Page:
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Omoplata Should Lock: Overview & Techniques
The History and Basics of the Omoplata
The omoplata shoulder lock might be the most versatile submission in Brazilian Jiu Jitsu. It's origins can be traced to the past through judo and catch wrestling and it really didn't start showing up in BJJ competition until the mid 90s.
So what makes this omoplata... NOT omAplata so powerful?
The concept is simple, your legs will entangle your opponent's shoulder joint. Which will isolate his shoulder, elbow and wrist. Essentially, all your energy is wrapped around your opponents arm - and it is very hard to get out!
The omoplata can be used as a very powerful submission that attacks the shoulder joint. But it can also be used to sweep your opponent and hit a variety of other submissions.
One analogy we like is that the omoplata is just a kimura, but done with your legs.
Omoplata Basic Techniques
Old School Omoplata From Closed Guard
In the video below, world champion Bernardo Faria shows his interpretation of the classic "old school" omoplata. It reminds us that the basics are the foundation for a reason. They are simple and most importantly extremely effective.
Secure the overhook to begin the omoplata
Bernardo shows two different ways to establish the overhook, by either swimming both hands in and catching the opponent or by breaking the grip of one side and swimming over that arm for the overhook.
Secure opposite lapel to control posture for the omoplata
Once the overhook is achieved, Bernardo suggests that you use that hand to reach through to the opposite lapel of the opponent to control their posture and help keep their shoulder tight.
Open Guard/Hip Escape
Once posture is broken and the opponent is controlled, you are free to hip out and open your guard. At this point, there are a variety of submissions your opponent might face. They've got to be ready for triangles, armbars, while you're planning the omoplata. It is a very dangerous place for them.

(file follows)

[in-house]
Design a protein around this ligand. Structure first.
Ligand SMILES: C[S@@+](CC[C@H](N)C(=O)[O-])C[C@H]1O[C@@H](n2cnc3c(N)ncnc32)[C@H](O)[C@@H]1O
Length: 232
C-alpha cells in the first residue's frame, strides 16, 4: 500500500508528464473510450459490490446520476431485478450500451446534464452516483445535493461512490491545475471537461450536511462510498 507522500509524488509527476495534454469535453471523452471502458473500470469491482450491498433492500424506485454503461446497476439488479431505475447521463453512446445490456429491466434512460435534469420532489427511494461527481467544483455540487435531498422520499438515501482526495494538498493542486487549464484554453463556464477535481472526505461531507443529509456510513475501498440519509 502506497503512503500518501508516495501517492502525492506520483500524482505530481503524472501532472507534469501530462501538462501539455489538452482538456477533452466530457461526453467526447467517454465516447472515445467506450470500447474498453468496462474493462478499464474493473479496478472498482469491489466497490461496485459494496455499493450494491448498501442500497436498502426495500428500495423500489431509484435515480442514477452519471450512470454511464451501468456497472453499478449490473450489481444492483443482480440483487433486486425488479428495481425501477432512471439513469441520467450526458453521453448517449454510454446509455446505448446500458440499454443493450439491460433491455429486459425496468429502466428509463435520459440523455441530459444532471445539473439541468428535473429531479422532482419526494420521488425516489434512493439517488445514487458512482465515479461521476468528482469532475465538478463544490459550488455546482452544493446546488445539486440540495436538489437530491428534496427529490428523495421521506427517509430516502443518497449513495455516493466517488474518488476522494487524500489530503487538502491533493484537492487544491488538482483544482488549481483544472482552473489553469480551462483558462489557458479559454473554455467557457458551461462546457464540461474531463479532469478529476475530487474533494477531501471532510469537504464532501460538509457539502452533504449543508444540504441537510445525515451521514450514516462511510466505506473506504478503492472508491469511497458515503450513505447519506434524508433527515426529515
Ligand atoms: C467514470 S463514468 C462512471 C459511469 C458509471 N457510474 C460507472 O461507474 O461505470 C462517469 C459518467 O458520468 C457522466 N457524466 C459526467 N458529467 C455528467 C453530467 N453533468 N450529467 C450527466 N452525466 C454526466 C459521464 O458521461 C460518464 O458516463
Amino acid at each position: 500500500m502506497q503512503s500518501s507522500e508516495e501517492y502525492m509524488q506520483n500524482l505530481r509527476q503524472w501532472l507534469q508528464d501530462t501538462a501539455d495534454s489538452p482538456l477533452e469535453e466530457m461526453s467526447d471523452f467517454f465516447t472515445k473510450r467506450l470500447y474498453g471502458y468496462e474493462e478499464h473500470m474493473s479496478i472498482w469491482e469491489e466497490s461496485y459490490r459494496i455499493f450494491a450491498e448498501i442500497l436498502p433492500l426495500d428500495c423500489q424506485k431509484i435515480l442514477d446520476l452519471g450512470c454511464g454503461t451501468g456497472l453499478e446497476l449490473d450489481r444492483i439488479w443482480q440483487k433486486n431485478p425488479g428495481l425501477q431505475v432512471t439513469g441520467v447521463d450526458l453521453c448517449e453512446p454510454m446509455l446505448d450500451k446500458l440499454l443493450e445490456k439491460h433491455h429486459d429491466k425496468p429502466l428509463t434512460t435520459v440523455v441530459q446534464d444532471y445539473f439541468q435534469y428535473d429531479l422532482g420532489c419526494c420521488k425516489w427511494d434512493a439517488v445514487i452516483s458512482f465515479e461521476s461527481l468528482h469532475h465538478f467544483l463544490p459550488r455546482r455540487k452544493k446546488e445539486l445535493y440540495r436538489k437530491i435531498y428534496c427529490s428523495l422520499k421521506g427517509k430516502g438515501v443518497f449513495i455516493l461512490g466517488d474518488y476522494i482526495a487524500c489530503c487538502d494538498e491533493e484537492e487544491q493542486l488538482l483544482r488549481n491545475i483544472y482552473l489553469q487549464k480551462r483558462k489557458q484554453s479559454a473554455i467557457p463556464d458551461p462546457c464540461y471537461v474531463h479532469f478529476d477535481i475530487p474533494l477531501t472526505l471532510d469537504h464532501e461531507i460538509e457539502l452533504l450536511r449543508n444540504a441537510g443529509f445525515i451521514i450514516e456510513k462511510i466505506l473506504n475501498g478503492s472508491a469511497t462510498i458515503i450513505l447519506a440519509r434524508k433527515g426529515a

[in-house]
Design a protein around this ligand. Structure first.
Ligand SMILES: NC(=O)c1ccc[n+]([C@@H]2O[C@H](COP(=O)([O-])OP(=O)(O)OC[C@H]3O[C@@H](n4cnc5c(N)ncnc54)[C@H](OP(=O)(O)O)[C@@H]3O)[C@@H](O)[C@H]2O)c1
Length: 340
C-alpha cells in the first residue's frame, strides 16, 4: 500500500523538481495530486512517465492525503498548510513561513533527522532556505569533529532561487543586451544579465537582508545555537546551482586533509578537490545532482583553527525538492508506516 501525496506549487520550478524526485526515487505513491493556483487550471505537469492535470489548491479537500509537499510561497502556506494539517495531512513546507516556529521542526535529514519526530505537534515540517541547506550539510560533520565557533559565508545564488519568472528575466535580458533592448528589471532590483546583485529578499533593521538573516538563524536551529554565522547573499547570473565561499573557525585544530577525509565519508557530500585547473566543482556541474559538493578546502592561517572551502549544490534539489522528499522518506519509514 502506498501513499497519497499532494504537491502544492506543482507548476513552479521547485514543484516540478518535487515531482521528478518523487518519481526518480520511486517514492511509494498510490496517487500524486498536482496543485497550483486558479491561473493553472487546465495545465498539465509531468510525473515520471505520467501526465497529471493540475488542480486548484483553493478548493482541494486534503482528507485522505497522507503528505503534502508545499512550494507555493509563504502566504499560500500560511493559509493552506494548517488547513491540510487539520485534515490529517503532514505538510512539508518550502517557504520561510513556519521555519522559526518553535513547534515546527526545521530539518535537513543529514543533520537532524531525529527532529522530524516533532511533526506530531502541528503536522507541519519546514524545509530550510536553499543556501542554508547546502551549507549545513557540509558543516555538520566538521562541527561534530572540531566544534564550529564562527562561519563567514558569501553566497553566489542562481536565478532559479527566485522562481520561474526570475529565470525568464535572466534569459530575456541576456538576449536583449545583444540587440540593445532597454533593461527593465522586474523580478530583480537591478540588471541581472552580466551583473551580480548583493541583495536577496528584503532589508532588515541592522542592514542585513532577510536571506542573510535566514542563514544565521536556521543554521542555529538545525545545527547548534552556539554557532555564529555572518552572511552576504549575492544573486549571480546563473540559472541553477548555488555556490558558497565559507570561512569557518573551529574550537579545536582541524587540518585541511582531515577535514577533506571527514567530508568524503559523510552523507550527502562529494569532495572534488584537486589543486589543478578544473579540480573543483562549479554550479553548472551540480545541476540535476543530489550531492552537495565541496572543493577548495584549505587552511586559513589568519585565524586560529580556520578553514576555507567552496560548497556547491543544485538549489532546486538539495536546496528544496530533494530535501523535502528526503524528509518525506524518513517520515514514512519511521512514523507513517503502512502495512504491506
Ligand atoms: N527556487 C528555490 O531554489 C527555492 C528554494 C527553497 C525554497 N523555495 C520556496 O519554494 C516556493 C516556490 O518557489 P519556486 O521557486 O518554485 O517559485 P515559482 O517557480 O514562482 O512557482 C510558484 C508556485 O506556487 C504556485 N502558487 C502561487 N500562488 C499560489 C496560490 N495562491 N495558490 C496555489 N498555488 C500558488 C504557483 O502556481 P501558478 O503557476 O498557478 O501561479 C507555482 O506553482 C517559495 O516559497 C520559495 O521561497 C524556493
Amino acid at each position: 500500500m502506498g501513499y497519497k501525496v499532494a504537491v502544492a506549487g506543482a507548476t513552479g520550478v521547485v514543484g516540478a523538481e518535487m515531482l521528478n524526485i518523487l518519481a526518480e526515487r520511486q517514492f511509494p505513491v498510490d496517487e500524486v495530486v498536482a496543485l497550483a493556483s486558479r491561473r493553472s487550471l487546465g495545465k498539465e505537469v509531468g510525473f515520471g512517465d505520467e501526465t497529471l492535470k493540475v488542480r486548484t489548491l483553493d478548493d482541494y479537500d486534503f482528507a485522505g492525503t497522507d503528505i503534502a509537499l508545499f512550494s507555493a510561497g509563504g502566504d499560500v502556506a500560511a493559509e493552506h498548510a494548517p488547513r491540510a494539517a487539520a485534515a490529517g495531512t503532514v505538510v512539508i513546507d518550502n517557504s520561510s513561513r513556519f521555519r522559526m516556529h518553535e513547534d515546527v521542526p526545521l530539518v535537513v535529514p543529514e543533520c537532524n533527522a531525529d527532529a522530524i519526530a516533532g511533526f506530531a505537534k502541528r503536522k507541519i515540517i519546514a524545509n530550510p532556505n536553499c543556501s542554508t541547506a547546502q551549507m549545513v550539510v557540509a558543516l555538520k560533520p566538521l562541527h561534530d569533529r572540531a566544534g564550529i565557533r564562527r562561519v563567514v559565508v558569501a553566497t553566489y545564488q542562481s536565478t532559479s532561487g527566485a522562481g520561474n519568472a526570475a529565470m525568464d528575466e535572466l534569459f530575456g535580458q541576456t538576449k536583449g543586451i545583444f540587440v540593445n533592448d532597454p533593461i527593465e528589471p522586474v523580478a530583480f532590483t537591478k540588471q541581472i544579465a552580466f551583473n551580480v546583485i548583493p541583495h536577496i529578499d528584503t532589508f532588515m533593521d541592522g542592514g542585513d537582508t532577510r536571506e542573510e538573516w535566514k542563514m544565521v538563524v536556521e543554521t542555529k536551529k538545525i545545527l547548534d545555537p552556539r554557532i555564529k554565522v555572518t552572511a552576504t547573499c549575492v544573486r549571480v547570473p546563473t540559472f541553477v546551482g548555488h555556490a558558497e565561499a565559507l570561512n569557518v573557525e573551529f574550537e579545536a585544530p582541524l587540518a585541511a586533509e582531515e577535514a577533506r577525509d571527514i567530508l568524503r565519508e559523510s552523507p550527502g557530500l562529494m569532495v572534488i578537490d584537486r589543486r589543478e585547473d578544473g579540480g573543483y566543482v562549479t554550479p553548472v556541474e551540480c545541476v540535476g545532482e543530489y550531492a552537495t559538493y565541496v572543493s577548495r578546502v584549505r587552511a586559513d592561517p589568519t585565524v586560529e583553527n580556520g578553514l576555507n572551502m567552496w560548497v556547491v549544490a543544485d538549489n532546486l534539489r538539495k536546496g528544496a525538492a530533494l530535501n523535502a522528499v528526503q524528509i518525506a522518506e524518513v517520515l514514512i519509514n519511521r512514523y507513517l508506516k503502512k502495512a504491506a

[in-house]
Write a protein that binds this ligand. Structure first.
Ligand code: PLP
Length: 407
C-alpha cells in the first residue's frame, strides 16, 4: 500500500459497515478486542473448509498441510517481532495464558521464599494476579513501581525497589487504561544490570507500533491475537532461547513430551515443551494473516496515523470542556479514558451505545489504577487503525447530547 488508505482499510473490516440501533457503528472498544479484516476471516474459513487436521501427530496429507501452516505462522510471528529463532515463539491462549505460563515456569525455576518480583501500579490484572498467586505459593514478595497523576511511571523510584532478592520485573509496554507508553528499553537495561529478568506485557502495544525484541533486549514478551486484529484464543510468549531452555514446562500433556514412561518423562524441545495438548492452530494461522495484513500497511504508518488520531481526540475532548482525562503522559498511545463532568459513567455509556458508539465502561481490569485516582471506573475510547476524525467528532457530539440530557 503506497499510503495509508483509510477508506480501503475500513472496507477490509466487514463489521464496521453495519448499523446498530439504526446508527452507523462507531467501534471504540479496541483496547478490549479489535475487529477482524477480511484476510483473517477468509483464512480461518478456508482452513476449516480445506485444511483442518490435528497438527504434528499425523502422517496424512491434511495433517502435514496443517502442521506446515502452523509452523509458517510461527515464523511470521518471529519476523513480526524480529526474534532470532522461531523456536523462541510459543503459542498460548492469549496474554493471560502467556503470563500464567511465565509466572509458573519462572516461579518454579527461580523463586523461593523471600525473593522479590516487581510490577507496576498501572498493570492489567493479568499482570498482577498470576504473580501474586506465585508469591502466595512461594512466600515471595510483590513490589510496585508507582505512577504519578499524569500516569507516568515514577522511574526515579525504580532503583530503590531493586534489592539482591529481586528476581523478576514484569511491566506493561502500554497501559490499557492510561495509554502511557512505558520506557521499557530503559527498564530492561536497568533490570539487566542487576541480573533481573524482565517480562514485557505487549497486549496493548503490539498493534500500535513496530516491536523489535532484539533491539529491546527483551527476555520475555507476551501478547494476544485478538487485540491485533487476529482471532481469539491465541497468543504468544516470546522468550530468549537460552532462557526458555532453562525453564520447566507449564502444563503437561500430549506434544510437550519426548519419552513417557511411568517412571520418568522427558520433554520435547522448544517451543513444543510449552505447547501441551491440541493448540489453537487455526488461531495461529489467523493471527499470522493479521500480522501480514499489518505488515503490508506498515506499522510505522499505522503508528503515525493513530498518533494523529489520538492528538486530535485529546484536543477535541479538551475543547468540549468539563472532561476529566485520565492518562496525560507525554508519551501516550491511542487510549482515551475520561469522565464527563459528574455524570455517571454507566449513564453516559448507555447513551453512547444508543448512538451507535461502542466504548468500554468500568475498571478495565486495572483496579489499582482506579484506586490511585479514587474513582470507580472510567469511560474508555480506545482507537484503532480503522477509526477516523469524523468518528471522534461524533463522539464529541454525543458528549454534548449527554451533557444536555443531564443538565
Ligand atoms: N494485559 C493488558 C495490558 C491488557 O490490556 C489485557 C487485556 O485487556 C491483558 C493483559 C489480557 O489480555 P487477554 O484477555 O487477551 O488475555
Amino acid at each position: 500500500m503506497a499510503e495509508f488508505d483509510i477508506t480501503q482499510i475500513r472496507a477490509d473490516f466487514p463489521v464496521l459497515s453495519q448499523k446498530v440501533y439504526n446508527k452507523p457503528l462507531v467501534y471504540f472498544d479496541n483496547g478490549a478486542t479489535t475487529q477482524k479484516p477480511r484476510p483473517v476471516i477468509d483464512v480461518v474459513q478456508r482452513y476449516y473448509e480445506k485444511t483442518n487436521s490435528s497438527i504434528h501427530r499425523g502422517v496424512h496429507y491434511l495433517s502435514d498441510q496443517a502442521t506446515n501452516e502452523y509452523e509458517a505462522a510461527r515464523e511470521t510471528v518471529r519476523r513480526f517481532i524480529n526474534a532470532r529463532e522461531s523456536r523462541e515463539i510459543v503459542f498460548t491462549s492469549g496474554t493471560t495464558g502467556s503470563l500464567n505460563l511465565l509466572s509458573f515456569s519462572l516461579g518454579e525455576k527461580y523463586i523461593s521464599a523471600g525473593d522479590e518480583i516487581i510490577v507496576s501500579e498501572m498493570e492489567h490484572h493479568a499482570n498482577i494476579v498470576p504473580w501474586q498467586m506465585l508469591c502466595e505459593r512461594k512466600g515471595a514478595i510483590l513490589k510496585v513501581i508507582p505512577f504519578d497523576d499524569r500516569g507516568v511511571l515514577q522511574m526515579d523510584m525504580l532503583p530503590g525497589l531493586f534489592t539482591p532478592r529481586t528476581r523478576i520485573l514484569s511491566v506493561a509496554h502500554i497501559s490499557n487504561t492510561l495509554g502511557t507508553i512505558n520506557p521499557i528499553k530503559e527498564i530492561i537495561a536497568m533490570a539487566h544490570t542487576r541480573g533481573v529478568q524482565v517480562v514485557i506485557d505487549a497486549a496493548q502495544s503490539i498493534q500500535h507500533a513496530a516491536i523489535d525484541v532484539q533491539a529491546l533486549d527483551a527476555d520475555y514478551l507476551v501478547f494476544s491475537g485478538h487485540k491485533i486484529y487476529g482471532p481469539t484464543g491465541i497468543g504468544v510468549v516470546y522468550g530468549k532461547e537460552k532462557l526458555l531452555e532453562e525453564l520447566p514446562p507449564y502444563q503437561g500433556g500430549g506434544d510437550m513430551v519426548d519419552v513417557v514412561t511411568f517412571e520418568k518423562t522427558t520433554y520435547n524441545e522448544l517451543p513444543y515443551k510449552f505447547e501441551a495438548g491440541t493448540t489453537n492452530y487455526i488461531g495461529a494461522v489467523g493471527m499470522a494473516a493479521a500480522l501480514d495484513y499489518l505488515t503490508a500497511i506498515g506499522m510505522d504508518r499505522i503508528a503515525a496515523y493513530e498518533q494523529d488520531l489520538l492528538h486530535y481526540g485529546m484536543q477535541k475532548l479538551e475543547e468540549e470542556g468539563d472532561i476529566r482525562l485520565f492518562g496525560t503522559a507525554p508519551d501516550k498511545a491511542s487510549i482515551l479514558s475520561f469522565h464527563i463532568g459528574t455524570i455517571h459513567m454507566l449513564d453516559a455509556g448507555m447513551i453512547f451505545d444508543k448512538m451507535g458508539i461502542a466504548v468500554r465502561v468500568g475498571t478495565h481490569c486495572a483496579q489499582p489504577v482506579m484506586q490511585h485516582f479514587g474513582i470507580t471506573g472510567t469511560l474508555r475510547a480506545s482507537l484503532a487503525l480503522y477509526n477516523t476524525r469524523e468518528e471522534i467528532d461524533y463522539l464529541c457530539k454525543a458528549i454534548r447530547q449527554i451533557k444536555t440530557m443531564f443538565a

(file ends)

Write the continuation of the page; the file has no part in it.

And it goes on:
Block the face
By using the free hand, you will be able to control the distance and keep the opponent from pressuring in towards you. This also creates a path for you to bring your foot around to lock the shoulder with your leg.
Reach the foot and pull it in front of opponent's face
You will pull the foot and put in tn front of the opponent's face, locking your feet together.
Lock legs and secure belt
Once the feet are locked, it's time to secure a grip on the opponent's belt or even pants to prevent them from trying to attempt a roll out to escape the position.
Stretch legs while securing arm in position
You are in the final downhill stretch for the omoplata. It should take very little effort to stretch out your legs and sit up, flattening opponent. It may be necessary to hip away from them slightly to flatten them fully. You can also slide back very slightly which will help flatten them.
Bend legs to side and push into opponent to finish
It's now time to finish the position. Your legs are then pulled back to the side away from the opponent and used to drive yourself at an angle over the far shoulder of your partner. This raising of the hips with the opponent's arm trapped in a kimura-like shape will put tremendous pressure on their shoulders and they will quickly tap.